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Honoring Service: Cesar Chavez Day, and How You Can Get Involved

Assemblyman Luis Alejo (D-Watsonville) recognizes contributions Cesar Chavez made to California and calls on Californians to give back to their communities.

Cesar Chavez said: “We cannot seek achievement for ourselves and forget about progress and prosperity for our community... Our ambitions must be broad enough to include the aspirations and needs of others, for their sakes and for our own.”

On Thursday, the California State Assembly officially recognized Cesar Chavez Day as March 31—Saturday—and called on all Californians to observe it as a day of service.

Authored by Assemblyman Luis Alejo (D-Watsonville) and more than 60 other leaders, ACR 73 shines light on the contributions that farm worker and activist Cesar Chavez made to California.

“To many Californians, the farmworkers’ struggle is an issue from the past,” said Alejo, whose district includes Gilroy and Watsonville, in a statement about the resolution. “But the challenges of farmworkers did not disappear with the passing of Cesar Chavez. In Cesar’s memory, I call on all Californians to celebrate this day as a day of public service.”

Chavez, who passed away at the age of 66 in 1993, was a pacifist and civil rights activist who received national attention in his fight for migrant and farm workers’ rights.

Born in 1927 in Yuma, Arizona, Chavez grew up helping on his family’s farm. He dealt with prejudice at a young age, as his teachers strictly forbid him from speaking any Spanish—his native language—at school.

He served in the military for two years, before moving to San Jose, where he married his high-school sweetheart. He worked as a farm laborer until 1952, when he became an organizer for the Community Service Organization, a Latino civil rights group.

He left to found his own organization, the National Farm Workers’ Association (later called United Farm Workers), with Dolores Huerta. The organization successfully and non-violently protested for, and won, higher wages for grape and lettuce growers, gaining national attention. Throughout his life, he continued to tiredlessly and nonviolently fight for and acheive better conditions for workers.

Although the offiical holiday is Saturday, Cesar Chavez Day will be observd today (Friday) in many areas.

How You Can Get Involved

In the spirit of Chavez, the following are celebrations and volunteer opportunities occurring Friday and Saturday:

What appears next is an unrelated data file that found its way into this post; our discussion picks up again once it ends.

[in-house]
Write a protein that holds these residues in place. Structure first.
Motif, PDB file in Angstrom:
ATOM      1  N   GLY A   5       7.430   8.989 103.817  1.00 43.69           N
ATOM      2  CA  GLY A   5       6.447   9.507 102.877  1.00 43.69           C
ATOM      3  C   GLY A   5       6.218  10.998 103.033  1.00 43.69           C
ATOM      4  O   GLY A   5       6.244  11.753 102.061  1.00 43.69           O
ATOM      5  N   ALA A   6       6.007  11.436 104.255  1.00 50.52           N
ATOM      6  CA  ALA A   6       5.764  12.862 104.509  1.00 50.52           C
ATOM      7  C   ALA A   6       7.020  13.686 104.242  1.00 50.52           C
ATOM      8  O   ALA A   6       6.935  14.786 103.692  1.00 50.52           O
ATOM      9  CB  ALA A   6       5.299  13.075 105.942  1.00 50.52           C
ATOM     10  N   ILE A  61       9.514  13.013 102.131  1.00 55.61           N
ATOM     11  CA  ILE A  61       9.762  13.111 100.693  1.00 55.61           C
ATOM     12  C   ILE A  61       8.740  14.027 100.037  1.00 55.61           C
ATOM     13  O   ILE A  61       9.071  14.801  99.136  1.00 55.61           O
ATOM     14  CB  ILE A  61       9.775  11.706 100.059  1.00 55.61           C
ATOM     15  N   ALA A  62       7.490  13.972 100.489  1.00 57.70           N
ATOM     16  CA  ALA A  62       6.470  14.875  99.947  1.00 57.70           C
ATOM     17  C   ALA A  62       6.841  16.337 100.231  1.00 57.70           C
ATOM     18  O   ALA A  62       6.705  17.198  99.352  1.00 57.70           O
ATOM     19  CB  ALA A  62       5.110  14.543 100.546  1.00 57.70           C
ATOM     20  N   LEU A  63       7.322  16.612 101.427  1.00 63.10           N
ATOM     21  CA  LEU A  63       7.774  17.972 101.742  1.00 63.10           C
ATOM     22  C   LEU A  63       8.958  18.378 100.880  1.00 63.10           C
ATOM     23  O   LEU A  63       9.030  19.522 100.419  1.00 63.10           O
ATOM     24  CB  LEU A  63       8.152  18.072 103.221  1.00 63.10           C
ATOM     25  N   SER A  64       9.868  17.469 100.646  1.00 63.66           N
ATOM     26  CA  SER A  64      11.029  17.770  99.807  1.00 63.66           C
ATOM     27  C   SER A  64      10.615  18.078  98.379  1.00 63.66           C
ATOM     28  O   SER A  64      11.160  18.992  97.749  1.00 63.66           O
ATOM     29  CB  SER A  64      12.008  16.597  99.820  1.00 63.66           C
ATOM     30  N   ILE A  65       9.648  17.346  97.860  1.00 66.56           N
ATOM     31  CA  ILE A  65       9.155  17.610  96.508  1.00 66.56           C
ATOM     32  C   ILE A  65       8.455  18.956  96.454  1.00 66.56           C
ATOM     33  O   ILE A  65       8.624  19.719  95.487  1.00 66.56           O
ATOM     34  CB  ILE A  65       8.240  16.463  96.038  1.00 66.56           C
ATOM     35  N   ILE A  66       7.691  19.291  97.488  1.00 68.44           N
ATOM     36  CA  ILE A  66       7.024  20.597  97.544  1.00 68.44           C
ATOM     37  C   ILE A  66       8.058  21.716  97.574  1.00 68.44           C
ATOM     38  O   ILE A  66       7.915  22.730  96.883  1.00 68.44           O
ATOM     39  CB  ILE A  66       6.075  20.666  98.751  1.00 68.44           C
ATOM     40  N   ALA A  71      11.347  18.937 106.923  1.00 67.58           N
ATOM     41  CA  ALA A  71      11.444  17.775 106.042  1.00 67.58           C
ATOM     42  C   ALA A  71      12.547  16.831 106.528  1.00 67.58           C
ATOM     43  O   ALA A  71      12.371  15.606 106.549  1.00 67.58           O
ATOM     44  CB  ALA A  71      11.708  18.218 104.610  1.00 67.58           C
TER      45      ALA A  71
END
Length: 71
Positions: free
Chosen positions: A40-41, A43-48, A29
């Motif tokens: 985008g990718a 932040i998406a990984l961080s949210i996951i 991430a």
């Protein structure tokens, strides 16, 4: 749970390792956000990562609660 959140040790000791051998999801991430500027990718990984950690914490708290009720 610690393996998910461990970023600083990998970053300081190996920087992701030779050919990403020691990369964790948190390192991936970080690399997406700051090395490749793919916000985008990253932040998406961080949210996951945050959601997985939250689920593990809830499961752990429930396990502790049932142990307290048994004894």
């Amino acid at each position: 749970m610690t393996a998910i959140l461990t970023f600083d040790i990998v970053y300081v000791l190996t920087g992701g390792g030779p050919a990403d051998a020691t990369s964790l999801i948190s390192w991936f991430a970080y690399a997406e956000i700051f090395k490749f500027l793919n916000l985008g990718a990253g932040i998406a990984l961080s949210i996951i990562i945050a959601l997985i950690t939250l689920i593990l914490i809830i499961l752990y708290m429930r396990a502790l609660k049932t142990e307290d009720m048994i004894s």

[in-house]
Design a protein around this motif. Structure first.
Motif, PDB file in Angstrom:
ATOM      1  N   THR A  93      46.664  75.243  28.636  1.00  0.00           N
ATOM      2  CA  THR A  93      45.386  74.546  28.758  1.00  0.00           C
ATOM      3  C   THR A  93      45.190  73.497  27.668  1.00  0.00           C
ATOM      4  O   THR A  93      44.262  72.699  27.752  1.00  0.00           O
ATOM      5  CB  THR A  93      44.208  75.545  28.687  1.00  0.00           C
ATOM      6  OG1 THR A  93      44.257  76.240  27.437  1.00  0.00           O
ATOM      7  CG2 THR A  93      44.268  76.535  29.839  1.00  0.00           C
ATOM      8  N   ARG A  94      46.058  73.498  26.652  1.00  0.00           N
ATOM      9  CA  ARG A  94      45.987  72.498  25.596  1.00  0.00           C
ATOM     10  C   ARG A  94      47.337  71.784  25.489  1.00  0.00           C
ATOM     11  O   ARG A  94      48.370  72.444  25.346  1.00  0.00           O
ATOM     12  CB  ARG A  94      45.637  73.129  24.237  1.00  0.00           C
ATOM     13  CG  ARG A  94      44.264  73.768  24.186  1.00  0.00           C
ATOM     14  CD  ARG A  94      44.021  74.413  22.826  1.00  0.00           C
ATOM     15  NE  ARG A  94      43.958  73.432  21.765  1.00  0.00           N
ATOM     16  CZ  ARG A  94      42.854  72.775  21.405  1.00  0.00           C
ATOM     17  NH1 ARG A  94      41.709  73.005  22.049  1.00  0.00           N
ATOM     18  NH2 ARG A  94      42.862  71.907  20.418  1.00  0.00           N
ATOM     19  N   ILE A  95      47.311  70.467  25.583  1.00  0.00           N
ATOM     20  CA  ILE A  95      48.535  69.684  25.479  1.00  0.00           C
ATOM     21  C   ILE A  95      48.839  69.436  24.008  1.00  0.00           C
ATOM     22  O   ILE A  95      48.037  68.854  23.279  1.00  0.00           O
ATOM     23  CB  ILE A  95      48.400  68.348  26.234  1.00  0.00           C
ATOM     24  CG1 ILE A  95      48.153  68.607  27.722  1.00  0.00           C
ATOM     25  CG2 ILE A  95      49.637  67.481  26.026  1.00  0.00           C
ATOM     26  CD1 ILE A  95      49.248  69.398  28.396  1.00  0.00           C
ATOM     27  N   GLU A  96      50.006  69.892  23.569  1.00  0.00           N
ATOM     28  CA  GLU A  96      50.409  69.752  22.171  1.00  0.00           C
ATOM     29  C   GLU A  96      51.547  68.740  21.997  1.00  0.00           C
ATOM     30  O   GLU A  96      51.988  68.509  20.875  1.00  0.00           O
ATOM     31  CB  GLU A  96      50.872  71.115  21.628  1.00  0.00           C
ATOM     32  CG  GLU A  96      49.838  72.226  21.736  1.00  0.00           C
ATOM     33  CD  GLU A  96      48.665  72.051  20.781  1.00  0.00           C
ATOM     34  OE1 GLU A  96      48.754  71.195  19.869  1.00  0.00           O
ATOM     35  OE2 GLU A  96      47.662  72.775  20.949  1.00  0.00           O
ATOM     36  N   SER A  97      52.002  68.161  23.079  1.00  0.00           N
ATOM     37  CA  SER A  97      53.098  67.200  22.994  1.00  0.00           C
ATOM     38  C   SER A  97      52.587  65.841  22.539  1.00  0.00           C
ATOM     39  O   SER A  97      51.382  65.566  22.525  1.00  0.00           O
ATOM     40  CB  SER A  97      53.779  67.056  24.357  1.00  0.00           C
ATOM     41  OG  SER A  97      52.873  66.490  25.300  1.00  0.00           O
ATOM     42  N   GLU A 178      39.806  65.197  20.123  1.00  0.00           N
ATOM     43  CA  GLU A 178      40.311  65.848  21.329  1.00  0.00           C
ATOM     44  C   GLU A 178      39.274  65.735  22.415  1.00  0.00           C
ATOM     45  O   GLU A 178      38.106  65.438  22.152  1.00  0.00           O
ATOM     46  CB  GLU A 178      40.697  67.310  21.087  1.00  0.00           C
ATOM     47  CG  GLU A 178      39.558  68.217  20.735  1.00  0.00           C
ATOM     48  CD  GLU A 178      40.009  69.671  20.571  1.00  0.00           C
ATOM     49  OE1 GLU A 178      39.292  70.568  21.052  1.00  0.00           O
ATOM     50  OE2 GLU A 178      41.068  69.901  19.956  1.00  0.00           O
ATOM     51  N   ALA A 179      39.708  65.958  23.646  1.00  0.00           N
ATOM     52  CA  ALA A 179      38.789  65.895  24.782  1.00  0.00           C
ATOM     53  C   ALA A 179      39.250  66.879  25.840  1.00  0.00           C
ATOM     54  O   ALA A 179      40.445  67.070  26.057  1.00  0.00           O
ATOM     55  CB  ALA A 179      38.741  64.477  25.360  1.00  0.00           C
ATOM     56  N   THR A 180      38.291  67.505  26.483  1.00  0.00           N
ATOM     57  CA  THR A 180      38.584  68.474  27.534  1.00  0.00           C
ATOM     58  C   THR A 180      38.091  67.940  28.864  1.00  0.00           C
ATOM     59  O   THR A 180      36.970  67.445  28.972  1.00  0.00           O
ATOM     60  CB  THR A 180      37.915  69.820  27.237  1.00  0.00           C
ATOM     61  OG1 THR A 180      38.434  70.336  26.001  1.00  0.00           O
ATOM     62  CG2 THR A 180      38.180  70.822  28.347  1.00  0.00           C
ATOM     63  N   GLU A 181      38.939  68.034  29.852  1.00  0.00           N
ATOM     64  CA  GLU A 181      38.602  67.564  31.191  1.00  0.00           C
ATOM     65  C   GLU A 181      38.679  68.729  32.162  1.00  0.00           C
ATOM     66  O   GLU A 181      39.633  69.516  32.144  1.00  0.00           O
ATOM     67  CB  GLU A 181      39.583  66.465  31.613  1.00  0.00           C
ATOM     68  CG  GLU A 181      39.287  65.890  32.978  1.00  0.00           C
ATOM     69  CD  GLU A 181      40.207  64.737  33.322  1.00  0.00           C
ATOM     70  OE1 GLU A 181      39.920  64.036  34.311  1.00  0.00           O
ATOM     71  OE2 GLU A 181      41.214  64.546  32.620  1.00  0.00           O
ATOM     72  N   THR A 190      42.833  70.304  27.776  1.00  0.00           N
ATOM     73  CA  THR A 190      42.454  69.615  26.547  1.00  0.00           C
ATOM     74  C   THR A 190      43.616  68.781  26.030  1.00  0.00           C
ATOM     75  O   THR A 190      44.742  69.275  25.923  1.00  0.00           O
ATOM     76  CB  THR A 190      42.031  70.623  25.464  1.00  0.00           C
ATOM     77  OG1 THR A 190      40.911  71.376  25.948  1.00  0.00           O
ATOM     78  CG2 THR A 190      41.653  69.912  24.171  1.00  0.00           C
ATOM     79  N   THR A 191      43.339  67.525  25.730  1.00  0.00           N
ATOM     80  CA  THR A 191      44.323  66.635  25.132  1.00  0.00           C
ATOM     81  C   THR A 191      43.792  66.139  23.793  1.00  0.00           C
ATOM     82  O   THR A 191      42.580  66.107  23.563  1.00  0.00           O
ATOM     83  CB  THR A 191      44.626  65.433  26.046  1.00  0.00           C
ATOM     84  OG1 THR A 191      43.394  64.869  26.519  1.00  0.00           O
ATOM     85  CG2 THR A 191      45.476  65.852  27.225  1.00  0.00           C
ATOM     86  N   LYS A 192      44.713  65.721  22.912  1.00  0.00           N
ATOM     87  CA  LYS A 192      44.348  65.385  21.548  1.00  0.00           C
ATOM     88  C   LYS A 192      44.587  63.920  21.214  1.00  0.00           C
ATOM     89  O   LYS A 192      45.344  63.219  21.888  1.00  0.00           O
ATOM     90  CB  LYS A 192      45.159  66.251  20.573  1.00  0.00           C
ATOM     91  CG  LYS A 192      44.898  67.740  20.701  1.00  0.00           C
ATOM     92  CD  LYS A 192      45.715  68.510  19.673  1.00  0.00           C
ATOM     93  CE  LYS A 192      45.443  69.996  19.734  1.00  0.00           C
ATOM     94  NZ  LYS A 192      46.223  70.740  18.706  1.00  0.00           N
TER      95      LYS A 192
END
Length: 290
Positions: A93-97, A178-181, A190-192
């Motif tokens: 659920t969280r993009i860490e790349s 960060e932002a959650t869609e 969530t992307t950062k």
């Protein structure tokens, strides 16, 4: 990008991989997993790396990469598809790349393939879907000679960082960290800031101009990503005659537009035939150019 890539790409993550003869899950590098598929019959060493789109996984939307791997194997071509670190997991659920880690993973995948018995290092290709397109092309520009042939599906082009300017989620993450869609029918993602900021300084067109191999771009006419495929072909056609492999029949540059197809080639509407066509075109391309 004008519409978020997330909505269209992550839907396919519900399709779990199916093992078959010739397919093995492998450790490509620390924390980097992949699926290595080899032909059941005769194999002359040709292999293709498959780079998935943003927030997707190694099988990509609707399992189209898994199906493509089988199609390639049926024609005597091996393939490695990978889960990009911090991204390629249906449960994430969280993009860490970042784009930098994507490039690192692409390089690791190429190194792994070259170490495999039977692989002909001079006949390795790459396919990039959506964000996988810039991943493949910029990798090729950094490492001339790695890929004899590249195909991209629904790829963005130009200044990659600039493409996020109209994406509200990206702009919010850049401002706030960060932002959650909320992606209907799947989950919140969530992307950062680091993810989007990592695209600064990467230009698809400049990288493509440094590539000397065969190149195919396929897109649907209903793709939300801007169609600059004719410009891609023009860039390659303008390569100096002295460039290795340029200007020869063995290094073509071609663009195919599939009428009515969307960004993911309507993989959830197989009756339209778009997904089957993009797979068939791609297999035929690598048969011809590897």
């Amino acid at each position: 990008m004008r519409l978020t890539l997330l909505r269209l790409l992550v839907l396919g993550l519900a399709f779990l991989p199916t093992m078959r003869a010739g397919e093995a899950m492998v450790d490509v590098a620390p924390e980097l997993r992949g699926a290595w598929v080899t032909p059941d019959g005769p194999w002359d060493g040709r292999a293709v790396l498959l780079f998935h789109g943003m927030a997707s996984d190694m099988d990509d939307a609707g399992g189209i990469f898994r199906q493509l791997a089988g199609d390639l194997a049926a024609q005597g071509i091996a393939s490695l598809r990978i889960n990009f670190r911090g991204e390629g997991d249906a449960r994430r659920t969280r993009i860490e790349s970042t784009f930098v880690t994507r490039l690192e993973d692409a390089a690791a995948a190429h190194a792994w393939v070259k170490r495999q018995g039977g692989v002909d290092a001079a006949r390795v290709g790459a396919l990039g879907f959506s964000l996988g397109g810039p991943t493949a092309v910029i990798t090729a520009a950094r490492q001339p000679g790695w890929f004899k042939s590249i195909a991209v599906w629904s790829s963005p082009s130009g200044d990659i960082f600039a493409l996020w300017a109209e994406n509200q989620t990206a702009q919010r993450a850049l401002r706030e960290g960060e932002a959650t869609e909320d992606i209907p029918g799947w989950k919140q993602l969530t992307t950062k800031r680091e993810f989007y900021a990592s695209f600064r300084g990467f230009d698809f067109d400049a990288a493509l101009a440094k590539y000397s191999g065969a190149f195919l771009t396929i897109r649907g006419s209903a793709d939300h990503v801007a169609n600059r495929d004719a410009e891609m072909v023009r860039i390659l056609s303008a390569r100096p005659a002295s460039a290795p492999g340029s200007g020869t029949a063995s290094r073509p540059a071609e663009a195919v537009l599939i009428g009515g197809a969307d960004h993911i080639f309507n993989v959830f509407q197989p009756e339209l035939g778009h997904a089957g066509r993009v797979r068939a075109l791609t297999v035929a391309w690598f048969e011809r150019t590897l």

• Veggielution Community Farm in San Jose will host their first ever Cesar Chavez Day Celebration. The day kicks off by helping plant tomatoes, eggplants, and other summer crops. Then enjoy a potluck lunch, a discussion by “A Farmworkers’ Journey author Dr. Ann Lopez, and children’s games and activities.
  • From 1 to 5 p.m. on Friday, volunteer at TerraGnoma’s community garden in Santa Cruz, helping with  and maintaining the site. As a bonus, if you arrive by 12:30 p.m., you’ll be treated to a community potluck, with seasonal food and drink from the garden. 
  • Chavez was a vegan, and strong advocate of animal rights. In honor of his beliefs,  in Mountain View Saturday at 1 p.m., and volunteer to be a foster parent. 
  • Attend one of the many local farmers markets in the area, supporting local farmers from the Bay Area and the Central Valley. A short drive from Campbell, the Santa Teresa Farmers’ Market is taking place this Saturday at Kaiser Permanente San Jose. 
  • If you’re up for making the trek, Los Banos will host its Sixth Annual César Chávez Day march and rally at noon on March 31. Featuring speeches and performances bands from Gilroy and Watsonville, the march will snake through town, paying homage to Chavez.
Steve Bankhead March 31, 2012 at 03:48 PM
I've read that decades ago Cesar had his brother and other UFW members go to the southern border and beat up illegal immigrants trying to cross into the U.S. because he feared they would provide non-union labor, thereby weakening his ability to push contract demands with strikes. Will anyone be busting heads on the border this year to celebrate Cesar's legacy?

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